Veronica Hare

Holly Beasley-Garrigan

Dominic Allen

Alexander Wright

Ben Gilbert

Samuel Pike

Hal Kelly

Freya Bardell

Saturday 6 August 2016

Hannah Davies Recommends...

We asked Hannah Davies what she was doing up in Edinburgh, and what she's most excited about seeing...

- Who are you and what do you do / what have you done

I'm a theatre maker, writer, and performer based in Yorkshire. I trained as an actor at Mountview, and studied playwriting at the Royal Court Theatre. I've worked as a writer with companies including Ice&Fire, Trestle, Company of Angels, York Theatre Royal. I am a co-director of Common Ground Theatre. More recently I have started performing as a spoken word poet. I am the winner of the Newcastle Northern Stage Great Northern Slam 2016, and the Say Owt Anti-Slam Winner 2016.

- What are you doing with The Flanagan Collective this year?
I've directed Snakes & Giants currently at Summerhall, every day (apart from 15th) at 7pm

- What would you say the show(s) are about
Snakes & Giants is a piece about the landscapes of our lives, our selves, and our relationships. It tells two very different stories - one mythic and one urban -  which are brought together by a sense of place; we meet the two main characters on the edge of a cliff. The play is an atmospheric piece that asks questions about how we create a sense of belonging, and about where and how we create and nurture a sense of home. It is a fusion of spoken word, choreography and song.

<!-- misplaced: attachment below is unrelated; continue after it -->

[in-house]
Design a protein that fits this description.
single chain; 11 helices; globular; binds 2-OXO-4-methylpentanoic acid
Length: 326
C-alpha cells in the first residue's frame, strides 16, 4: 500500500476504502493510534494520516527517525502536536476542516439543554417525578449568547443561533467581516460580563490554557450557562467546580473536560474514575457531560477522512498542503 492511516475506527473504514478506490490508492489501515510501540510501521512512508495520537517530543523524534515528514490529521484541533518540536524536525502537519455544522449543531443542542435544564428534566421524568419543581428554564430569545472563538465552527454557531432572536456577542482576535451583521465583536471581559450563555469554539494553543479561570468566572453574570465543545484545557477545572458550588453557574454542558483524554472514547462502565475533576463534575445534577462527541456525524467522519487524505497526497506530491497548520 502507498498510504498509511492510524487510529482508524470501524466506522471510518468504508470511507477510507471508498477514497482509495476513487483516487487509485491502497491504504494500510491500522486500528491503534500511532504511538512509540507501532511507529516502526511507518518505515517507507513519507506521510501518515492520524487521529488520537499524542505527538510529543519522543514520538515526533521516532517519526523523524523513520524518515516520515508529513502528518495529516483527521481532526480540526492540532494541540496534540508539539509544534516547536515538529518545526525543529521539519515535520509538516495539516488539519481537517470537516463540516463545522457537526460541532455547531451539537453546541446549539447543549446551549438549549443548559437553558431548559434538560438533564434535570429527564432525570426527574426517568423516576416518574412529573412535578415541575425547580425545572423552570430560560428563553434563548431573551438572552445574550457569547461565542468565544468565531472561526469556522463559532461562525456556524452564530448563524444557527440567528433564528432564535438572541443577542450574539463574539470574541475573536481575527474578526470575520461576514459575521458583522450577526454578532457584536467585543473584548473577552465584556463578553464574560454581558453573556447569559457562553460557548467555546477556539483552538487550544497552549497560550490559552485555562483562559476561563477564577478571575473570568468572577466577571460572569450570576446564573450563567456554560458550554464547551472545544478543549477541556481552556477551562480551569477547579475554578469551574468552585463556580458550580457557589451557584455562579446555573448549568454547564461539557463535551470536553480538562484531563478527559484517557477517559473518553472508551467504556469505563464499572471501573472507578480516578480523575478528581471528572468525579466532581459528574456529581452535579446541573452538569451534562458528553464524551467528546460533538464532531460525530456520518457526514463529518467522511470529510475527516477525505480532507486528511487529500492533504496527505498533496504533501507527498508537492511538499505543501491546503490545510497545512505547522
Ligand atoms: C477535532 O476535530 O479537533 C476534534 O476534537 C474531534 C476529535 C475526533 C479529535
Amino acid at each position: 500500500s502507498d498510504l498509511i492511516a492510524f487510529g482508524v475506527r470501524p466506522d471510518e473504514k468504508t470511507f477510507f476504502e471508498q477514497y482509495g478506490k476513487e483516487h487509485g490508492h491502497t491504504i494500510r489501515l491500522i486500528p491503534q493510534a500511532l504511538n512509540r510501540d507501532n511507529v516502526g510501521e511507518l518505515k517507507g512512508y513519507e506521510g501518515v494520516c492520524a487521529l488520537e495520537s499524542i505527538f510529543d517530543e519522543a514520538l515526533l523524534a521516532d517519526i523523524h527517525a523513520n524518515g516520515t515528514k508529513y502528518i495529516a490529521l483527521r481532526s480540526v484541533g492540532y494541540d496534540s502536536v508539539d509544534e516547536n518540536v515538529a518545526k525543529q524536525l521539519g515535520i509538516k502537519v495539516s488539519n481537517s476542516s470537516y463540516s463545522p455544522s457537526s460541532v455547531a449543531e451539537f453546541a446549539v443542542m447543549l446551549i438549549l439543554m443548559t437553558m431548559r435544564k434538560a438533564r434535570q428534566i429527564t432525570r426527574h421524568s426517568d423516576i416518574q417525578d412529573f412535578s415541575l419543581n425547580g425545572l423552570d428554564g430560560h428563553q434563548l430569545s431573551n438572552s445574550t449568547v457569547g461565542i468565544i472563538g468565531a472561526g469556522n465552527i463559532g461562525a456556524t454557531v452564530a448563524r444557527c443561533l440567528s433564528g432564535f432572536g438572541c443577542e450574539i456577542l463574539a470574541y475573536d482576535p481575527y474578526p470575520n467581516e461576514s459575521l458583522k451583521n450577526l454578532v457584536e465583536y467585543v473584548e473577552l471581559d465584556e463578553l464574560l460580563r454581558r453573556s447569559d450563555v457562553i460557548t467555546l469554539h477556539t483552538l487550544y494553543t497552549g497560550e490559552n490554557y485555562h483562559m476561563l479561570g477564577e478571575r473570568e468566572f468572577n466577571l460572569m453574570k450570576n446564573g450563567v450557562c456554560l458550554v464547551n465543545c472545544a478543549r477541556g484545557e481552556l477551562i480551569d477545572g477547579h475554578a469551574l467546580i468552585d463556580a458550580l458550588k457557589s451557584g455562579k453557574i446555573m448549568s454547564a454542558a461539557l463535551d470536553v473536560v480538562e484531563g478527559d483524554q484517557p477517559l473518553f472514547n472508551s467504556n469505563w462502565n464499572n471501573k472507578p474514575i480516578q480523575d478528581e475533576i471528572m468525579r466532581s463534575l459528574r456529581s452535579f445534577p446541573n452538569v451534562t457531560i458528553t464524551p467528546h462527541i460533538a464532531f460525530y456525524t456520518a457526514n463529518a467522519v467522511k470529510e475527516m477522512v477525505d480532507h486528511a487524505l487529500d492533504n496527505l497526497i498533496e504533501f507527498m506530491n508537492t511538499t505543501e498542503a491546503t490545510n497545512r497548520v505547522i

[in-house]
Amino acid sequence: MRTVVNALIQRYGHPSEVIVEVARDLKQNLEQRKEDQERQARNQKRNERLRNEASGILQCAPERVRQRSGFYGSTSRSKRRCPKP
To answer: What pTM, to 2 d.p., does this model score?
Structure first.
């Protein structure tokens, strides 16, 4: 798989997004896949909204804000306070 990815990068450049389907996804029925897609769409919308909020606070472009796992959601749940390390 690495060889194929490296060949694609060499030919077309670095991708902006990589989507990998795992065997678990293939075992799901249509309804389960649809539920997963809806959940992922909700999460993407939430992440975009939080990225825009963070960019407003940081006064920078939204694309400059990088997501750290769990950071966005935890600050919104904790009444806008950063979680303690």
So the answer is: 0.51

- What's your favourite secret bit which other people might not notice?
There are some incredibly beautiful turns of phrase in this play. One of the characters in the piece is a one time giantess who has shrunk herself over the years, and is now 'roaming and heartless.' One of my favourite lines in the play is where she is described as being made up of 'old love and dinosaur parts.' 

- Favourite place to hang out at the Fringe
I can't resist a charity shop. Edinburgh has loads. This makes me happy. And always in need of a bigger suitcase to get all my bargains home.

- Why or how is the fringe good / important
I love the opportunity to see things that challenge, provoke and inspire me. Getting the chance to see shows and performances in a huge variety of styles and genres is exciting and important for artists. Art is important. Expression is important. Sharing ideas is important.